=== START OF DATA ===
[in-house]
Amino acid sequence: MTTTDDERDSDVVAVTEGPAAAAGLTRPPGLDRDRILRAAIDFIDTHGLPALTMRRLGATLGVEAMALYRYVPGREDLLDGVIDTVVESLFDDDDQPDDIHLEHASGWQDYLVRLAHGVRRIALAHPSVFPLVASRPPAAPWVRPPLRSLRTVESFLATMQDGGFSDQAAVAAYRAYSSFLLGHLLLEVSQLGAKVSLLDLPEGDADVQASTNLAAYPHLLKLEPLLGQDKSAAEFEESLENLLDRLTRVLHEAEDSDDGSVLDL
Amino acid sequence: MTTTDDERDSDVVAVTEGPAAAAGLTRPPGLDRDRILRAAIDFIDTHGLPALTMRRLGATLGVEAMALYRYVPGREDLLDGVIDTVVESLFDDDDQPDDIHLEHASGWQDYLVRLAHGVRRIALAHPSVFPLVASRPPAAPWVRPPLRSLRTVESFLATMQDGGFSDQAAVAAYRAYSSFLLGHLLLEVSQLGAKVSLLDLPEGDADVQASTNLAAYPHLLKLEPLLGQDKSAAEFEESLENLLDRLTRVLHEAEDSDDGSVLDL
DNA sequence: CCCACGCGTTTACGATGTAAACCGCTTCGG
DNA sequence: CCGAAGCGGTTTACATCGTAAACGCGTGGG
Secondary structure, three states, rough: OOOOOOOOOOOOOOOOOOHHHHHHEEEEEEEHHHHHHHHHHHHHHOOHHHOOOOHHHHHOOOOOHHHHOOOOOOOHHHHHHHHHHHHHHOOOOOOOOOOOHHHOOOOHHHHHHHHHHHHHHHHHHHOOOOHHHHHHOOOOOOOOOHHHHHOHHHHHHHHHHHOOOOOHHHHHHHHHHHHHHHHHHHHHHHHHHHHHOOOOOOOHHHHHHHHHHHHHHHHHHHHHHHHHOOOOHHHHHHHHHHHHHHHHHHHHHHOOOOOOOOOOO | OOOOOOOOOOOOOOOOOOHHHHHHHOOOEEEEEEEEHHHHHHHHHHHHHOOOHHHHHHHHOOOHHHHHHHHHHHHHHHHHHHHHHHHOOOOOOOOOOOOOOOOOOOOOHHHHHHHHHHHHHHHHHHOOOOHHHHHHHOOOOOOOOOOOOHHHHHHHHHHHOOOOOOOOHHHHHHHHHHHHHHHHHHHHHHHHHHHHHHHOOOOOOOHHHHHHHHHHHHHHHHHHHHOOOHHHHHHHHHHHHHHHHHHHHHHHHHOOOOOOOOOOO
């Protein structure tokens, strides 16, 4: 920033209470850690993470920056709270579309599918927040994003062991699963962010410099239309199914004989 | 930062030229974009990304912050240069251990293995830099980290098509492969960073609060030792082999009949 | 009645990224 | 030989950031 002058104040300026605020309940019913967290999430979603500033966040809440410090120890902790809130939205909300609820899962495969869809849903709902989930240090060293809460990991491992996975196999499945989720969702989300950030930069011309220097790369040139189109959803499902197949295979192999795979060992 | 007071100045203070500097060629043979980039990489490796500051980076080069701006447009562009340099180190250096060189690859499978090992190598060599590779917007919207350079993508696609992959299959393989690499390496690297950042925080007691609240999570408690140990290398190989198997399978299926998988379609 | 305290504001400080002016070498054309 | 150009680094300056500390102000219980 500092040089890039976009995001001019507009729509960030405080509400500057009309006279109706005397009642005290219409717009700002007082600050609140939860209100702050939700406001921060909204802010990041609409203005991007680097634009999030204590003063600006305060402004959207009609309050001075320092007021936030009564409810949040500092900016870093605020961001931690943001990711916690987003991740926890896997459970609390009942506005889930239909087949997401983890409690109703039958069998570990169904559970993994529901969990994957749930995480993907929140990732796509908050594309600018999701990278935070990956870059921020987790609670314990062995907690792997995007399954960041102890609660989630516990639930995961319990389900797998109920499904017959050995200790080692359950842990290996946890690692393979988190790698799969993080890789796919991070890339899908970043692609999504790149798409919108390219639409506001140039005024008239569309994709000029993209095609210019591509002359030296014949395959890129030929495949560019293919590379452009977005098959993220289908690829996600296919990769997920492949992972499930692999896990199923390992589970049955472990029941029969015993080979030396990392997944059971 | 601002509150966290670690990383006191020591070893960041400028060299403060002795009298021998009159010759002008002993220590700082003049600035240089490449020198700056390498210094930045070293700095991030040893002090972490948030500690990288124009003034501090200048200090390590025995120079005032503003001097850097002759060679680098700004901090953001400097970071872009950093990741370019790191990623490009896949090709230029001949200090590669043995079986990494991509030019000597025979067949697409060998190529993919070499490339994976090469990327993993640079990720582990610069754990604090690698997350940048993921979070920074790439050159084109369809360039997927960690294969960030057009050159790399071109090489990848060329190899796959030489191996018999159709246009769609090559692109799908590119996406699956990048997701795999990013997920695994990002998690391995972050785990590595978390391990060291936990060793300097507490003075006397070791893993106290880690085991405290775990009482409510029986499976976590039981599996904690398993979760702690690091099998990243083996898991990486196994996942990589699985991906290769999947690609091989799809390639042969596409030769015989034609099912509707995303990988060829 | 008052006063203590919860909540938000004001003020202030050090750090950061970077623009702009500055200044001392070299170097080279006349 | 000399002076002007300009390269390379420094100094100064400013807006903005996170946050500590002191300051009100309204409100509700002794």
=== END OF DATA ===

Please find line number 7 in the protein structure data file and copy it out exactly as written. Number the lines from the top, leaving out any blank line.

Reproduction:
């Protein structure tokens, strides 16, 4: 920033209470850690993470920056709270579309599918927040994003062991699963962010410099239309199914004989 | 930062030229974009990304912050240069251990293995830099980290098509492969960073609060030792082999009949 | 009645990224 | 030989950031 002058104040300026605020309940019913967290999430979603500033966040809440410090120890902790809130939205909300609820899962495969869809849903709902989930240090060293809460990991491992996975196999499945989720969702989300950030930069011309220097790369040139189109959803499902197949295979192999795979060992 | 007071100045203070500097060629043979980039990489490796500051980076080069701006447009562009340099180190250096060189690859499978090992190598060599590779917007919207350079993508696609992959299959393989690499390496690297950042925080007691609240999570408690140990290398190989198997399978299926998988379609 | 305290504001400080002016070498054309 | 150009680094300056500390102000219980 500092040089890039976009995001001019507009729509960030405080509400500057009309006279109706005397009642005290219409717009700002007082600050609140939860209100702050939700406001921060909204802010990041609409203005991007680097634009999030204590003063600006305060402004959207009609309050001075320092007021936030009564409810949040500092900016870093605020961001931690943001990711916690987003991740926890896997459970609390009942506005889930239909087949997401983890409690109703039958069998570990169904559970993994529901969990994957749930995480993907929140990732796509908050594309600018999701990278935070990956870059921020987790609670314990062995907690792997995007399954960041102890609660989630516990639930995961319990389900797998109920499904017959050995200790080692359950842990290996946890690692393979988190790698799969993080890789796919991070890339899908970043692609999504790149798409919108390219639409506001140039005024008239569309994709000029993209095609210019591509002359030296014949395959890129030929495949560019293919590379452009977005098959993220289908690829996600296919990769997920492949992972499930692999896990199923390992589970049955472990029941029969015993080979030396990392997944059971 | 601002509150966290670690990383006191020591070893960041400028060299403060002795009298021998009159010759002008002993220590700082003049600035240089490449020198700056390498210094930045070293700095991030040893002090972490948030500690990288124009003034501090200048200090390590025995120079005032503003001097850097002759060679680098700004901090953001400097970071872009950093990741370019790191990623490009896949090709230029001949200090590669043995079986990494991509030019000597025979067949697409060998190529993919070499490339994976090469990327993993640079990720582990610069754990604090690698997350940048993921979070920074790439050159084109369809360039997927960690294969960030057009050159790399071109090489990848060329190899796959030489191996018999159709246009769609090559692109799908590119996406699956990048997701795999990013997920695994990002998690391995972050785990590595978390391990060291936990060793300097507490003075006397070791893993106290880690085991405290775990009482409510029986499976976590039981599996904690398993979760702690690091099998990243083996898991990486196994996942990589699985991906290769999947690609091989799809390639042969596409030769015989034609099912509707995303990988060829 | 008052006063203590919860909540938000004001003020202030050090750090950061970077623009702009500055200044001392070299170097080279006349 | 000399002076002007300009390269390379420094100094100064400013807006903005996170946050500590002191300051009100309204409100509700002794």